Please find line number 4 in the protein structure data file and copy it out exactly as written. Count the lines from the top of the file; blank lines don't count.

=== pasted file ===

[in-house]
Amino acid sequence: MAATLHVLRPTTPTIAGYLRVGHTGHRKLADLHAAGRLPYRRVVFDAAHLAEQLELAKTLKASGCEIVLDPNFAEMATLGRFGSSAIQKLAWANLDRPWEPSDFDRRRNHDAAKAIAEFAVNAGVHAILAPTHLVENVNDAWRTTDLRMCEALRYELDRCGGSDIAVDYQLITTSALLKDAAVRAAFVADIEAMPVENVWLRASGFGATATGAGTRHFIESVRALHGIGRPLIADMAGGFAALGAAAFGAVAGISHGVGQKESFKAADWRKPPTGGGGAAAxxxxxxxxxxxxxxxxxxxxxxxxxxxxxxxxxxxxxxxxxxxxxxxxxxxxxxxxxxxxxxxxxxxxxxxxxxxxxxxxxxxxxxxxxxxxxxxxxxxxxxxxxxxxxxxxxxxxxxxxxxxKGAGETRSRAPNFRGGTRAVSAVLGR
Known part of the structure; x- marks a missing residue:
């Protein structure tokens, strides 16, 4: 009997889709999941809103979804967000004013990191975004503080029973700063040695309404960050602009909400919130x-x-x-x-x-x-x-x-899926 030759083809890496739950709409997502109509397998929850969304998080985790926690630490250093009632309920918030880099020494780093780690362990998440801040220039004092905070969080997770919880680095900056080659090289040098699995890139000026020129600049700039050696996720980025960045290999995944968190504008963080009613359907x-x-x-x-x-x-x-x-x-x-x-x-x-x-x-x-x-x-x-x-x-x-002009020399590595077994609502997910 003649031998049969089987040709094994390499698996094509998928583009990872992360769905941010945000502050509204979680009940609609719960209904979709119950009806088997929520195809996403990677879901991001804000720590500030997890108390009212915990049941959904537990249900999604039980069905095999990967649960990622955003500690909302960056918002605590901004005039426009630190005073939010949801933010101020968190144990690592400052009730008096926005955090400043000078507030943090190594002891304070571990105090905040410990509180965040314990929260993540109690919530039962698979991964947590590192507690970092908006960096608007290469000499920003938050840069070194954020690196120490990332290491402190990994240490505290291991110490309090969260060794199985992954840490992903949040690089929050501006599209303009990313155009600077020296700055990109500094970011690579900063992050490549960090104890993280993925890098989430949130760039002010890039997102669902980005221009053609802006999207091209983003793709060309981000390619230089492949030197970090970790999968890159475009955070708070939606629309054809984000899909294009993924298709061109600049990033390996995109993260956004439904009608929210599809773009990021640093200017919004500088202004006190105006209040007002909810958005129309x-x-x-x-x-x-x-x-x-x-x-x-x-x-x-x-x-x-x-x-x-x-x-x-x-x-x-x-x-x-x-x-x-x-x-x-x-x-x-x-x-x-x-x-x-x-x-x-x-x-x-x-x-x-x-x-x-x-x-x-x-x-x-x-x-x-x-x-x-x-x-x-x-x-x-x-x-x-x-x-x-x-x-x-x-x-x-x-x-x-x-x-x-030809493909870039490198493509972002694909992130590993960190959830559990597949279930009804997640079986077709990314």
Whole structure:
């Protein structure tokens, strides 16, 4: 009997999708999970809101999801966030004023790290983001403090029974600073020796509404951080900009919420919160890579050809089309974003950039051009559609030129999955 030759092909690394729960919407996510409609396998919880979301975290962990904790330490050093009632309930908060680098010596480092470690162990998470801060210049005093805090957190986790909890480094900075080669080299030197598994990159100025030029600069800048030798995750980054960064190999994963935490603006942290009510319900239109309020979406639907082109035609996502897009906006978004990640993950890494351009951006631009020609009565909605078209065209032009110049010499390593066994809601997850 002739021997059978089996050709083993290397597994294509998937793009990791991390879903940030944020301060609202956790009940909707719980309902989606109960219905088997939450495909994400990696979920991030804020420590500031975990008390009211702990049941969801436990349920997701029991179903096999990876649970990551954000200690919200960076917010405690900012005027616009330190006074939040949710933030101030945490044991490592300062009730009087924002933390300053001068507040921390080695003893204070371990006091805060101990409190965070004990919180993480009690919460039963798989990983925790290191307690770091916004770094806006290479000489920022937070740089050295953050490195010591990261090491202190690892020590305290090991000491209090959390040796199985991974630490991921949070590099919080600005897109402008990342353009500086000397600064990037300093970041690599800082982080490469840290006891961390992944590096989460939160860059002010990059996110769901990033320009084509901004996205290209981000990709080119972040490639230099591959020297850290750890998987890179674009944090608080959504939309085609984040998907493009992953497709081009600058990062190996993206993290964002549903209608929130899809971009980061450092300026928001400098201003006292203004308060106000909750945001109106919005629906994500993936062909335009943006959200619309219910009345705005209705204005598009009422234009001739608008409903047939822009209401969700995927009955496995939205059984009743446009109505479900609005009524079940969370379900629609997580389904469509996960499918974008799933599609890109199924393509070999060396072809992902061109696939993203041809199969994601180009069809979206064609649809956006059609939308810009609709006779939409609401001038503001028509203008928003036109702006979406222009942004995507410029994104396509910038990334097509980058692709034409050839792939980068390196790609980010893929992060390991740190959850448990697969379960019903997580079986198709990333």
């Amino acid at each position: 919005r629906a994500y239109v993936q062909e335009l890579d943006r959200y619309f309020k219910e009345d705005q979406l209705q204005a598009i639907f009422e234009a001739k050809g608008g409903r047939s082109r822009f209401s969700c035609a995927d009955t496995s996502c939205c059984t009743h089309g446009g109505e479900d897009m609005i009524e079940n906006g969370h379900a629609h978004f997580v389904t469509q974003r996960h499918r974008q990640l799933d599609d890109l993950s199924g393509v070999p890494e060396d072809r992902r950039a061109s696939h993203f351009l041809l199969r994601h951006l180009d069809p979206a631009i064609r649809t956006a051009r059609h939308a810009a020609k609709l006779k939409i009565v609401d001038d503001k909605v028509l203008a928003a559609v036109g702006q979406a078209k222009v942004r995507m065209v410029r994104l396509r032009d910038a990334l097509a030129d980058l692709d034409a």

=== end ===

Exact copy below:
């Protein structure tokens, strides 16, 4: 009997889709999941809103979804967000004013990191975004503080029973700063040695309404960050602009909400919130x-x-x-x-x-x-x-x-899926 030759083809890496739950709409997502109509397998929850969304998080985790926690630490250093009632309920918030880099020494780093780690362990998440801040220039004092905070969080997770919880680095900056080659090289040098699995890139000026020129600049700039050696996720980025960045290999995944968190504008963080009613359907x-x-x-x-x-x-x-x-x-x-x-x-x-x-x-x-x-x-x-x-x-x-002009020399590595077994609502997910 003649031998049969089987040709094994390499698996094509998928583009990872992360769905941010945000502050509204979680009940609609719960209904979709119950009806088997929520195809996403990677879901991001804000720590500030997890108390009212915990049941959904537990249900999604039980069905095999990967649960990622955003500690909302960056918002605590901004005039426009630190005073939010949801933010101020968190144990690592400052009730008096926005955090400043000078507030943090190594002891304070571990105090905040410990509180965040314990929260993540109690919530039962698979991964947590590192507690970092908006960096608007290469000499920003938050840069070194954020690196120490990332290491402190990994240490505290291991110490309090969260060794199985992954840490992903949040690089929050501006599209303009990313155009600077020296700055990109500094970011690579900063992050490549960090104890993280993925890098989430949130760039002010890039997102669902980005221009053609802006999207091209983003793709060309981000390619230089492949030197970090970790999968890159475009955070708070939606629309054809984000899909294009993924298709061109600049990033390996995109993260956004439904009608929210599809773009990021640093200017919004500088202004006190105006209040007002909810958005129309x-x-x-x-x-x-x-x-x-x-x-x-x-x-x-x-x-x-x-x-x-x-x-x-x-x-x-x-x-x-x-x-x-x-x-x-x-x-x-x-x-x-x-x-x-x-x-x-x-x-x-x-x-x-x-x-x-x-x-x-x-x-x-x-x-x-x-x-x-x-x-x-x-x-x-x-x-x-x-x-x-x-x-x-x-x-x-x-x-x-x-x-x-030809493909870039490198493509972002694909992130590993960190959830559990597949279930009804997640079986077709990314």